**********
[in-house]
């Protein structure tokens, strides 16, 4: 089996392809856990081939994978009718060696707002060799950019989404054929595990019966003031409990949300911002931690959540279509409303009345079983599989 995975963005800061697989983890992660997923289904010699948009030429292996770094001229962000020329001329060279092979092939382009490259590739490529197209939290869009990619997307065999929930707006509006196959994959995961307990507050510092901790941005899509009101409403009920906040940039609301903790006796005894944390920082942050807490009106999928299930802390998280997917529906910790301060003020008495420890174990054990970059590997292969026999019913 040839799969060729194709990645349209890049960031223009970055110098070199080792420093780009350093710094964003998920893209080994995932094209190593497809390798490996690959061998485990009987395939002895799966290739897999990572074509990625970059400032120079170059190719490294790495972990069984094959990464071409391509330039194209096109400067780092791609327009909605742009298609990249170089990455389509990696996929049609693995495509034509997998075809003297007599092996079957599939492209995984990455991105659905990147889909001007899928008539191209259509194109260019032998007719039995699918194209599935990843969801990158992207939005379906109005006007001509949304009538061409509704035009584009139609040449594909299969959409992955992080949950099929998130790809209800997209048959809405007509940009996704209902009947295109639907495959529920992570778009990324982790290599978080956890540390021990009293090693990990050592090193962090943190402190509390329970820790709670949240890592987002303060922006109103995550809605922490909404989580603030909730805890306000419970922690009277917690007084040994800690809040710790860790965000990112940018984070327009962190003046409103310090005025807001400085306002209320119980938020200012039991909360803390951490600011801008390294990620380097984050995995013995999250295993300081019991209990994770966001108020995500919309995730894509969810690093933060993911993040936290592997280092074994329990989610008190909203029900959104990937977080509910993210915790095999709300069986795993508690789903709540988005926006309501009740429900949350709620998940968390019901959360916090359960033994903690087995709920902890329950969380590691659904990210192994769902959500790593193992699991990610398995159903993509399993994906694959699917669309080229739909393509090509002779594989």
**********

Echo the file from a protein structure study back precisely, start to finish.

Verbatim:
[in-house]
């Protein structure tokens, strides 16, 4: 089996392809856990081939994978009718060696707002060799950019989404054929595990019966003031409990949300911002931690959540279509409303009345079983599989 995975963005800061697989983890992660997923289904010699948009030429292996770094001229962000020329001329060279092979092939382009490259590739490529197209939290869009990619997307065999929930707006509006196959994959995961307990507050510092901790941005899509009101409403009920906040940039609301903790006796005894944390920082942050807490009106999928299930802390998280997917529906910790301060003020008495420890174990054990970059590997292969026999019913 040839799969060729194709990645349209890049960031223009970055110098070199080792420093780009350093710094964003998920893209080994995932094209190593497809390798490996690959061998485990009987395939002895799966290739897999990572074509990625970059400032120079170059190719490294790495972990069984094959990464071409391509330039194209096109400067780092791609327009909605742009298609990249170089990455389509990696996929049609693995495509034509997998075809003297007599092996079957599939492209995984990455991105659905990147889909001007899928008539191209259509194109260019032998007719039995699918194209599935990843969801990158992207939005379906109005006007001509949304009538061409509704035009584009139609040449594909299969959409992955992080949950099929998130790809209800997209048959809405007509940009996704209902009947295109639907495959529920992570778009990324982790290599978080956890540390021990009293090693990990050592090193962090943190402190509390329970820790709670949240890592987002303060922006109103995550809605922490909404989580603030909730805890306000419970922690009277917690007084040994800690809040710790860790965000990112940018984070327009962190003046409103310090005025807001400085306002209320119980938020200012039991909360803390951490600011801008390294990620380097984050995995013995999250295993300081019991209990994770966001108020995500919309995730894509969810690093933060993911993040936290592997280092074994329990989610008190909203029900959104990937977080509910993210915790095999709300069986795993508690789903709540988005926006309501009740429900949350709620998940968390019901959360916090359960033994903690087995709920902890329950969380590691659904990210192994769902959500790593193992699991990610398995159903993509399993994906694959699917669309080229739909393509090509002779594989």